He speaks of an emptiness where we let go of fixed ideas ‘in order to go beyond them’.
Real living, when being/doing merge, is when ‘you become one with your activity, whatever it is, and do your best.’  Katagiri says, ‘When you see yourself, your activity, and your body and mind in the realm of emptiness, occupying the whole universe, there is oneness.’ p. 53  This experience is found in the heart, beyond words and the intellect.  Some call this the food of faith.  Katagiri calls it Big Hope, that which is beyond the arbitrary symbols of language.  My heart resonates with the linguistic symbols of God and Jesus.  This meaning is in me.  We all respond differently to these words, given our necessary different life experiences.  While we support one another by trying to communicate the spiritual experience as best we can, ultimately, it seems the best we can do is sit in silence, breathing the same air, in gratitude for this gift of being, this opportunity to share life with one another, outside our intellectual notions of time and space.  This is peace.  This is hitting the mark of kindness.  I truly believe this is the will of God…of divine Providence.

Happy…Just to Be

Thursday, June 14th, 2012

Life is difficult.  Our thoughts continually plague us with desire for something different.  These thoughts take us from the full experience of the present moment as we drift into hopes for things to be as they were or hopes that they’ll change to something we dream of.  Yet, I contend that real joy for meeting the gift of the moment may be our best skill for adapting to changing conditions.  If I’m rigidly holding on to ideology/dogma that’s located in the ego/intellect, I’ll most certainly miss the ‘will of God’ found in the heart/Divine.

I’ve recently discovered a French Jesuit named Jean-Pierre de Caussade who wrote a wonderful book entitled The Sacrament of the Present Moment. It was written in the early 1700’s, and here’s what he writes:

“It is necessary to be disengaged from all we feel and do in order to walk with God in the duty of the present moment.  All other avenues are closed.  We must confine ourselves to the present moment without taking thought for the one before or the one to come.  For is not God’s law always under cover, as it were?  Something will prompt us to say: ‘At the moment I have a liking for this person or this book, or an inclination to take or offer this advice, to make such a complaint, to confide in or listen to this person, or to give away this or to make that’.  These stirrings of grace must be followed without relying for a single moment on our own judgment, reason or effort.  It is God who must decide what we shall do and when, and not ourselves.  When we walk with God, his will directs us and must replace every other guidance.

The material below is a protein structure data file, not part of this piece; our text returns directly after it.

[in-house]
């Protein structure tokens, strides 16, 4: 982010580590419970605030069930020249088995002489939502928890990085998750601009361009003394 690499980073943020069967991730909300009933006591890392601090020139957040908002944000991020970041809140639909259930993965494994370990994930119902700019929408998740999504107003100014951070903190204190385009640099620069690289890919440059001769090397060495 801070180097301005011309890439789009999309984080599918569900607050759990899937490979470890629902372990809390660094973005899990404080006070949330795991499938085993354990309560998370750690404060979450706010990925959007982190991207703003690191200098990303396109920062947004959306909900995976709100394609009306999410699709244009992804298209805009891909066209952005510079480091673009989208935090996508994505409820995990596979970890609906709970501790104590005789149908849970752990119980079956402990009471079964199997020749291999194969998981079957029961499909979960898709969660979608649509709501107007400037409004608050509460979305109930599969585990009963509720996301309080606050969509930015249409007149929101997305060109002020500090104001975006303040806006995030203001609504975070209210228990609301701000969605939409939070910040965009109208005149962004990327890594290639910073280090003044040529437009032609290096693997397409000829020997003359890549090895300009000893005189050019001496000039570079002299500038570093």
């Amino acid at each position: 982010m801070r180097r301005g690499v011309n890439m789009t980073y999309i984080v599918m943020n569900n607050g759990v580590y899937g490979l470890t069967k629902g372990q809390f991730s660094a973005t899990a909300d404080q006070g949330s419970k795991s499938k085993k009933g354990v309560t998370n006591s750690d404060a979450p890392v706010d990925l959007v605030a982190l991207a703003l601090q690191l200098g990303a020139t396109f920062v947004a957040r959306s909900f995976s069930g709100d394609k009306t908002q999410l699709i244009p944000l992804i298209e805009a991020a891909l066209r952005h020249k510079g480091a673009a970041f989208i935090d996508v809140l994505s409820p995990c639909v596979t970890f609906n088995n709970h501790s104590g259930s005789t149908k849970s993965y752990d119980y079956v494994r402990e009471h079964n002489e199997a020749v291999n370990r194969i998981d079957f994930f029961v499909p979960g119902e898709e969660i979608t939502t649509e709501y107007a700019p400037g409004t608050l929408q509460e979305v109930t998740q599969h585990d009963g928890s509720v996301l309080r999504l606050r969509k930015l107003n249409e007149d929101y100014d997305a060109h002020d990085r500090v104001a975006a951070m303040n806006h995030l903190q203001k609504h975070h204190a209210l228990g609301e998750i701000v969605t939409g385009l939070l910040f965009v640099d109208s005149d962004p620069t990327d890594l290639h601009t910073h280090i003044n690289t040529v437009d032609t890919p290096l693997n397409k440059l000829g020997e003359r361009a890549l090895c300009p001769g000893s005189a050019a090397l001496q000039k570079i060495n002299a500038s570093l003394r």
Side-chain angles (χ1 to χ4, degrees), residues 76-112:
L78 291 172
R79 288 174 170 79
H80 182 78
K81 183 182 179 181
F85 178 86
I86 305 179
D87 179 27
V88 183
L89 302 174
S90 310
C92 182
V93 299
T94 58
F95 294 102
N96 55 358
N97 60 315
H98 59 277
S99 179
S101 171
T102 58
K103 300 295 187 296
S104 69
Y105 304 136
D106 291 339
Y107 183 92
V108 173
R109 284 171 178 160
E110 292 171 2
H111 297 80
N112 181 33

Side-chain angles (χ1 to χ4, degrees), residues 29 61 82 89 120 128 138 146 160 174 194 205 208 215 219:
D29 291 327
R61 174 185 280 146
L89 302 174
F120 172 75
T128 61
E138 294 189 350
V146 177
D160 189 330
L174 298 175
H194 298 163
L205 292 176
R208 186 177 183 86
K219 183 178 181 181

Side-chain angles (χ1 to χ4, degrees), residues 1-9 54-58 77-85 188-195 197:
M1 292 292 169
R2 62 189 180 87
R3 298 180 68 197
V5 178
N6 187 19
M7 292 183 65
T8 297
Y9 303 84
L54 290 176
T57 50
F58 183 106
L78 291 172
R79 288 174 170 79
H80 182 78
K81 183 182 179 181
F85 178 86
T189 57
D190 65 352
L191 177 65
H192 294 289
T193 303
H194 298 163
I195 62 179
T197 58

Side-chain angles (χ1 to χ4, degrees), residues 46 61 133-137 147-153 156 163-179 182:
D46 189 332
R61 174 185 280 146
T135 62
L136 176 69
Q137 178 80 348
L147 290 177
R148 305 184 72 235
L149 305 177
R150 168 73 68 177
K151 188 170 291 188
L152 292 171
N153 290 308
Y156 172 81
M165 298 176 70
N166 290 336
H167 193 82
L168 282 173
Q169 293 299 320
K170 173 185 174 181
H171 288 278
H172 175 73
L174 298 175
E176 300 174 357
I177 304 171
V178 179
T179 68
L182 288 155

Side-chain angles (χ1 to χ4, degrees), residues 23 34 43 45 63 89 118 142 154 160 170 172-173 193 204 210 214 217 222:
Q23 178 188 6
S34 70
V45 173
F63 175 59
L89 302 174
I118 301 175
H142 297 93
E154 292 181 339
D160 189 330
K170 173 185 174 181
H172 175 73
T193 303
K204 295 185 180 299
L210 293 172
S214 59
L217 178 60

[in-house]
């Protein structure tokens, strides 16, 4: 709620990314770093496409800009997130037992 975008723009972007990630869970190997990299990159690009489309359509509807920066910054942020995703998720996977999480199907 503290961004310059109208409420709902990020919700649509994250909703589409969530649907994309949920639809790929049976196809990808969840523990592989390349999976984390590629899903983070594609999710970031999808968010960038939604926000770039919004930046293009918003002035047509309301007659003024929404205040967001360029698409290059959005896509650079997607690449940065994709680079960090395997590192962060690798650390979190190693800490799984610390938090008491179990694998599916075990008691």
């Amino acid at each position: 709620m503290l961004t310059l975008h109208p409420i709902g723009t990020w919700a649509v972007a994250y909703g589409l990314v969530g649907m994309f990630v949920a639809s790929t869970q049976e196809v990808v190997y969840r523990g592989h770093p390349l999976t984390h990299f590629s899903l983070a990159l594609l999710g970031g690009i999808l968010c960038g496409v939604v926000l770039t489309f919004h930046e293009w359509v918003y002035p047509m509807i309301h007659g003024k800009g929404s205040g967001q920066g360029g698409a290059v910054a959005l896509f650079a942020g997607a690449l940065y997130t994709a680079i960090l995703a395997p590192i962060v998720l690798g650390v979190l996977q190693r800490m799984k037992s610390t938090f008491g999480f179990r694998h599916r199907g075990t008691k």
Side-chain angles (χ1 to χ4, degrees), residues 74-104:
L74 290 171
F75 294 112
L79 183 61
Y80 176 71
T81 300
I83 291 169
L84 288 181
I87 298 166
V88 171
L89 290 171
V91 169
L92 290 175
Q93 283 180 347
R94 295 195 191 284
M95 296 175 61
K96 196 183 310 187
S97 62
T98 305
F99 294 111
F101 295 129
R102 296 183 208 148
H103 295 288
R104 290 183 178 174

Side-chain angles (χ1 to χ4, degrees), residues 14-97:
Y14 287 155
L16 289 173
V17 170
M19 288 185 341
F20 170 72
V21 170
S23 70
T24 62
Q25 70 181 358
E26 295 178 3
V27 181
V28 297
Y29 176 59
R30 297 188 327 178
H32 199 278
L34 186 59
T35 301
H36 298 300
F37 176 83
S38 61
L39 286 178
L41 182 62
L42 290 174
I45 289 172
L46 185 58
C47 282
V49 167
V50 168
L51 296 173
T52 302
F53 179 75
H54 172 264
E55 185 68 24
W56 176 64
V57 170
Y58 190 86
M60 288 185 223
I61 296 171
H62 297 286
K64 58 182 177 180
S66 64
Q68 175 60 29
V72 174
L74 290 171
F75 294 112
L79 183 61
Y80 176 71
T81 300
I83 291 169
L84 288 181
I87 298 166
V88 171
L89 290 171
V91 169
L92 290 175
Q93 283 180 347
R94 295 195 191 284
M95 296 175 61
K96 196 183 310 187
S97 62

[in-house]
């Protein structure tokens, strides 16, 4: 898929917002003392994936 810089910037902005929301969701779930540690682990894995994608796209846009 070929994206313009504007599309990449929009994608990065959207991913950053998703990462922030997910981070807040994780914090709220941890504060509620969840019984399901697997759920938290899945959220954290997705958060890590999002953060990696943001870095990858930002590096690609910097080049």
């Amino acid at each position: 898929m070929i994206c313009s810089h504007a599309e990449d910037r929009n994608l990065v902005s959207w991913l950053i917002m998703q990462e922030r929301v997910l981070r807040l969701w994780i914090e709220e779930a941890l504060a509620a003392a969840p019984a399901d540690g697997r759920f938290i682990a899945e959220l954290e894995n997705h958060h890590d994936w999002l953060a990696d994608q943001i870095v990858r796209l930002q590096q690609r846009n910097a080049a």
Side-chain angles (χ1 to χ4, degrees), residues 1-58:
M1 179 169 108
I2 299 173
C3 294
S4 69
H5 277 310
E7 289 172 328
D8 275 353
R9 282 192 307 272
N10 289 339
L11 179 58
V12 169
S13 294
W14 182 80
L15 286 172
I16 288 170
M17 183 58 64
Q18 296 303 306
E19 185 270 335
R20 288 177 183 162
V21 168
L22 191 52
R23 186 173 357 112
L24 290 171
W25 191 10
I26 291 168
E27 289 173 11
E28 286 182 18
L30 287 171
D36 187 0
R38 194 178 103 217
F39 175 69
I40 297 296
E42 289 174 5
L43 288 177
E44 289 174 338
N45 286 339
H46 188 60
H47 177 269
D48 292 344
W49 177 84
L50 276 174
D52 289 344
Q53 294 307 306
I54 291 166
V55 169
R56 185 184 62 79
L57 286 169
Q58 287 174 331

Each moment imposes a virtuous obligation on us which committed souls faithfully obey.  For God inspires them with a desire to learn one moment what, in the next, will uphold them in the practice of virtue.  They are drawn to read this or that, to observe and reflect upon the smallest happening.  In this way everything that they learn and hear is fresh in their mind and no dedicated novice will carry out her duty better than they do.

In all that these souls do, they are aware only of an urge to act without knowing why.  All they can say is: ‘I have an urge to write, read, question or observe this.  I obey this urge and God, who inspires it, supplies me with a store of knowledge which subsequently I am able to use to the advantage of myself and others.‘  This is why they must always remain simple, pliant and responsive to the slightest prompting from these almost imperceptible impulses.  God, who possesses them, may make use of them in any way for his glory.  If they were to resist these impulses, like those who depend on their own efforts and initiative, they would be depriving themselves of countless things essential for the fulfillment of future obligations to the present moment.  Since people do not recognize this, such souls are criticized and blamed for their simplicity and they, who blame no one, who are tolerant and understanding of all sorts and conditions, find themselves despised by the falsely wise, who are unable to savour that sweet and refreshing submission to God’s commands.”   pp. 15-16